MEMPHIS, TN (WMC) - The number of people infected with sexually transmitted diseases in Tennessee and other parts of the Mid-South is growing.
The numbers mirror a report from the Centers for Disease Control and Prevention, which described gonorrhea, syphilis and chlamydia as a growing threat across the country.
In 2016, doctors diagnosed more than two million Americans with STDs, the most ever recorded, according to the CDC.
In Tennessee, the rate of people diagnosed with chlamydia, gonorrhea, and syphilis in 2018 is up by double digits from 2017, according to figures from the state health department.
New cases of syphilis are down in Mississippi, but chlamydia is up 22 percent and gonorrhea is up 28 percent, according to state figures.
Arkansas hasn't released any numbers this year, but in recent years, the state ranked in the top 10 for chlamydia and gonorrhea, according to the CDC.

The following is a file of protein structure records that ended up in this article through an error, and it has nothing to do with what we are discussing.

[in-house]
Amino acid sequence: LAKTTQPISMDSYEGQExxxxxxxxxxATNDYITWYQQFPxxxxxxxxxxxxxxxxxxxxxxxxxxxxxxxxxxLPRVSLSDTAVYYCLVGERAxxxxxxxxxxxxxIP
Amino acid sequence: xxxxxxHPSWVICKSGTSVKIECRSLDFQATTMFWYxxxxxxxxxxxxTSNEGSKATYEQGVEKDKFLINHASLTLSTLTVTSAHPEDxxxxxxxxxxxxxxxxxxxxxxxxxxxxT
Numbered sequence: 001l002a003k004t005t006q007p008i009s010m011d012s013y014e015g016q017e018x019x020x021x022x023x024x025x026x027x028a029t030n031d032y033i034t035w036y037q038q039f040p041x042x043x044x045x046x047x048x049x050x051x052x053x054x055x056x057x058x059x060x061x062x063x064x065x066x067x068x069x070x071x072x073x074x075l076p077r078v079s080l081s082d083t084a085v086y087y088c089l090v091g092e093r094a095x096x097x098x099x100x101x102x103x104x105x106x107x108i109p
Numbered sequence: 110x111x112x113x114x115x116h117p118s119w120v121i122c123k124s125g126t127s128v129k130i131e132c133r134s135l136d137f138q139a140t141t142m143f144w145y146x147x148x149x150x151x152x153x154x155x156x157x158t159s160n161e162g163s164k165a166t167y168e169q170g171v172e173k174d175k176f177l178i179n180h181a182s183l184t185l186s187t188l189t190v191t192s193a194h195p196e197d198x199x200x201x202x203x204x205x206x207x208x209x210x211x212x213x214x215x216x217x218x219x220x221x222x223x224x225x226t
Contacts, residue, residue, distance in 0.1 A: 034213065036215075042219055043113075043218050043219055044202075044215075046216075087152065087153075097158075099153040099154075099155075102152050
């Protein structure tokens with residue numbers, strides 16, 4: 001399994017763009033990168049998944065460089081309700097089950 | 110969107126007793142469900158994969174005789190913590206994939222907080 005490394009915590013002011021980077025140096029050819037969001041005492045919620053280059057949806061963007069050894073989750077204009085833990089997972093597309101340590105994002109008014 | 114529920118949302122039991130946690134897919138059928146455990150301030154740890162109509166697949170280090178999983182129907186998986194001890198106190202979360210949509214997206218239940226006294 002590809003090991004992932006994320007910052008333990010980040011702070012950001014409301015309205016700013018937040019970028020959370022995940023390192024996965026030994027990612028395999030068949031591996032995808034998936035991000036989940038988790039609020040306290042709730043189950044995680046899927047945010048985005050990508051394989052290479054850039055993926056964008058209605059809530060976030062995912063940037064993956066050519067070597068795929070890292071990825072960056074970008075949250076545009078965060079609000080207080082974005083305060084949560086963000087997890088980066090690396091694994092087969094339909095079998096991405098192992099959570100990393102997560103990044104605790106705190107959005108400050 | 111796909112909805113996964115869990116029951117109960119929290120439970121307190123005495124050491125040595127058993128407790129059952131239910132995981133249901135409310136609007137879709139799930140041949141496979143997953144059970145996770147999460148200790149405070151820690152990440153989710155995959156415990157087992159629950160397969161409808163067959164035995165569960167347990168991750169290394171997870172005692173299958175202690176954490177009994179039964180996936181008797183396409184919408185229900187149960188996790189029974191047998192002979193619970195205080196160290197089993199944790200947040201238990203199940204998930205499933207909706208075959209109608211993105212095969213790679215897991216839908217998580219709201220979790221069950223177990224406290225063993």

While STDs are on the rise across the country, health officials in Shelby County said some STDs have actually been declining for the last decade.
However, the numbers remain too high.
David Sweat, Chief of Epidemiology for the Shelby County Health Department, said fewer people are being diagnosed with gonorrhea and chlamydia in Shelby County, but the rates are still the highest in the country.
"Right now, we're running about two times the national average and for the state of Tennessee some of our rates are three times higher than the state rate overall," Sweat said.
While syphilis rates are increasing in Shelby County, the number of people infected is actually low.
Groups most at risk for these STDs are people with multiple sexual partners and gay and bisexual men.
"A lot of people don't know everything they can do to prevent the spread of these diseases," Sweat said.
Sweat said it'll take more education, more partnerships with health providers and more people getting tested.
The Shelby County Health Department provides free STD testing. For more information, call at 901-222-9385.
Additionally, Tennessee and nine neighboring states are currently battling a Hepatitis A outbreak. Click here for more information.